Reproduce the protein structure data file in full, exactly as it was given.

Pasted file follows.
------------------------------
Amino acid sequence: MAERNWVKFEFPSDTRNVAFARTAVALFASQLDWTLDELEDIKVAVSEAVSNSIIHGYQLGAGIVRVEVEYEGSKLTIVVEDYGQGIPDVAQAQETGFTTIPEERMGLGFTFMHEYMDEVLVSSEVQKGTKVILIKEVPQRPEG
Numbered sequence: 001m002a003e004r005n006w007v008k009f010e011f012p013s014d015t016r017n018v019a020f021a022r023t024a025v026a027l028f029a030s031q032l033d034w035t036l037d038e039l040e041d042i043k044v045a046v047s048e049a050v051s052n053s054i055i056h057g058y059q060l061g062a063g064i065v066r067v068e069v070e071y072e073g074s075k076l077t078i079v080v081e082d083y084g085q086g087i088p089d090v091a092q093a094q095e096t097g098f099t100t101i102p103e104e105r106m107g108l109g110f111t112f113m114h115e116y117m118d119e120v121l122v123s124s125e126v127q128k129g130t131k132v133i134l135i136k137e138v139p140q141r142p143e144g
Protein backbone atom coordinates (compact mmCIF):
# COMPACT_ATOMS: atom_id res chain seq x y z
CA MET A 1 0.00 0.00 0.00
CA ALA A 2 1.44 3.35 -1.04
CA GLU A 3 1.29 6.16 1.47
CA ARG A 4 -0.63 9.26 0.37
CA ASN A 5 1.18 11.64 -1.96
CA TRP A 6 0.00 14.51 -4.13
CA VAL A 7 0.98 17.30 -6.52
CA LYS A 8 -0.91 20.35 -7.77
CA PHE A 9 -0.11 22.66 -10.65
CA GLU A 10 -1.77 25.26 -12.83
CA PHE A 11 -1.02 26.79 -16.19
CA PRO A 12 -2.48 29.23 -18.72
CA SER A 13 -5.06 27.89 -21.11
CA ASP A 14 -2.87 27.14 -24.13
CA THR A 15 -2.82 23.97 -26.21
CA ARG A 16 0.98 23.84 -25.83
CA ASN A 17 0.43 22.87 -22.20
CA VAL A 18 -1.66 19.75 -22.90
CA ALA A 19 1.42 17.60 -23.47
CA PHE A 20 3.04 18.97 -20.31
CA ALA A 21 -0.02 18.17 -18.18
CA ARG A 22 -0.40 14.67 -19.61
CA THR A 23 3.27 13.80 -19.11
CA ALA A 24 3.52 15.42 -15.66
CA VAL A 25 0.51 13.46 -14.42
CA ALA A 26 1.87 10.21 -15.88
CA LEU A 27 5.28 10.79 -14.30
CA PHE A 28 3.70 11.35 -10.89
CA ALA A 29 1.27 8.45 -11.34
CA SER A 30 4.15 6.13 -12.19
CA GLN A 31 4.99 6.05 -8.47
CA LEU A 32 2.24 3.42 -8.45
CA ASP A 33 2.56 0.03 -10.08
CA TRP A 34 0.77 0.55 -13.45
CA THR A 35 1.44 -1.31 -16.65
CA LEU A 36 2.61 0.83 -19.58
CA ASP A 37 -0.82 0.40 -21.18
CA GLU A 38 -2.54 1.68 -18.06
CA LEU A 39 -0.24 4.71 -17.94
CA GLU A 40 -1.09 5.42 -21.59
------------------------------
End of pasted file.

Amino acid sequence: MAERNWVKFEFPSDTRNVAFARTAVALFASQLDWTLDELEDIKVAVSEAVSNSIIHGYQLGAGIVRVEVEYEGSKLTIVVEDYGQGIPDVAQAQETGFTTIPEERMGLGFTFMHEYMDEVLVSSEVQKGTKVILIKEVPQRPEG
Numbered sequence: 001m002a003e004r005n006w007v008k009f010e011f012p013s014d015t016r017n018v019a020f021a022r023t024a025v026a027l028f029a030s031q032l033d034w035t036l037d038e039l040e041d042i043k044v045a046v047s048e049a050v051s052n053s054i055i056h057g058y059q060l061g062a063g064i065v066r067v068e069v070e071y072e073g074s075k076l077t078i079v080v081e082d083y084g085q086g087i088p089d090v091a092q093a094q095e096t097g098f099t100t101i102p103e104e105r106m107g108l109g110f111t112f113m114h115e116y117m118d119e120v121l122v123s124s125e126v127q128k129g130t131k132v133i134l135i136k137e138v139p140q141r142p143e144g
Protein backbone atom coordinates (compact mmCIF):
# COMPACT_ATOMS: atom_id res chain seq x y z
CA MET A 1 0.00 0.00 0.00
CA ALA A 2 1.44 3.35 -1.04
CA GLU A 3 1.29 6.16 1.47
CA ARG A 4 -0.63 9.26 0.37
CA ASN A 5 1.18 11.64 -1.96
CA TRP A 6 0.00 14.51 -4.13
CA VAL A 7 0.98 17.30 -6.52
CA LYS A 8 -0.91 20.35 -7.77
CA PHE A 9 -0.11 22.66 -10.65
CA GLU A 10 -1.77 25.26 -12.83
CA PHE A 11 -1.02 26.79 -16.19
CA PRO A 12 -2.48 29.23 -18.72
CA SER A 13 -5.06 27.89 -21.11
CA ASP A 14 -2.87 27.14 -24.13
CA THR A 15 -2.82 23.97 -26.21
CA ARG A 16 0.98 23.84 -25.83
CA ASN A 17 0.43 22.87 -22.20
CA VAL A 18 -1.66 19.75 -22.90
CA ALA A 19 1.42 17.60 -23.47
CA PHE A 20 3.04 18.97 -20.31
CA ALA A 21 -0.02 18.17 -18.18
CA ARG A 22 -0.40 14.67 -19.61
CA THR A 23 3.27 13.80 -19.11
CA ALA A 24 3.52 15.42 -15.66
CA VAL A 25 0.51 13.46 -14.42
CA ALA A 26 1.87 10.21 -15.88
CA LEU A 27 5.28 10.79 -14.30
CA PHE A 28 3.70 11.35 -10.89
CA ALA A 29 1.27 8.45 -11.34
CA SER A 30 4.15 6.13 -12.19
CA GLN A 31 4.99 6.05 -8.47
CA LEU A 32 2.24 3.42 -8.45
CA ASP A 33 2.56 0.03 -10.08
CA TRP A 34 0.77 0.55 -13.45
CA THR A 35 1.44 -1.31 -16.65
CA LEU A 36 2.61 0.83 -19.58
CA ASP A 37 -0.82 0.40 -21.18
CA GLU A 38 -2.54 1.68 -18.06
CA LEU A 39 -0.24 4.71 -17.94
CA GLU A 40 -1.09 5.42 -21.59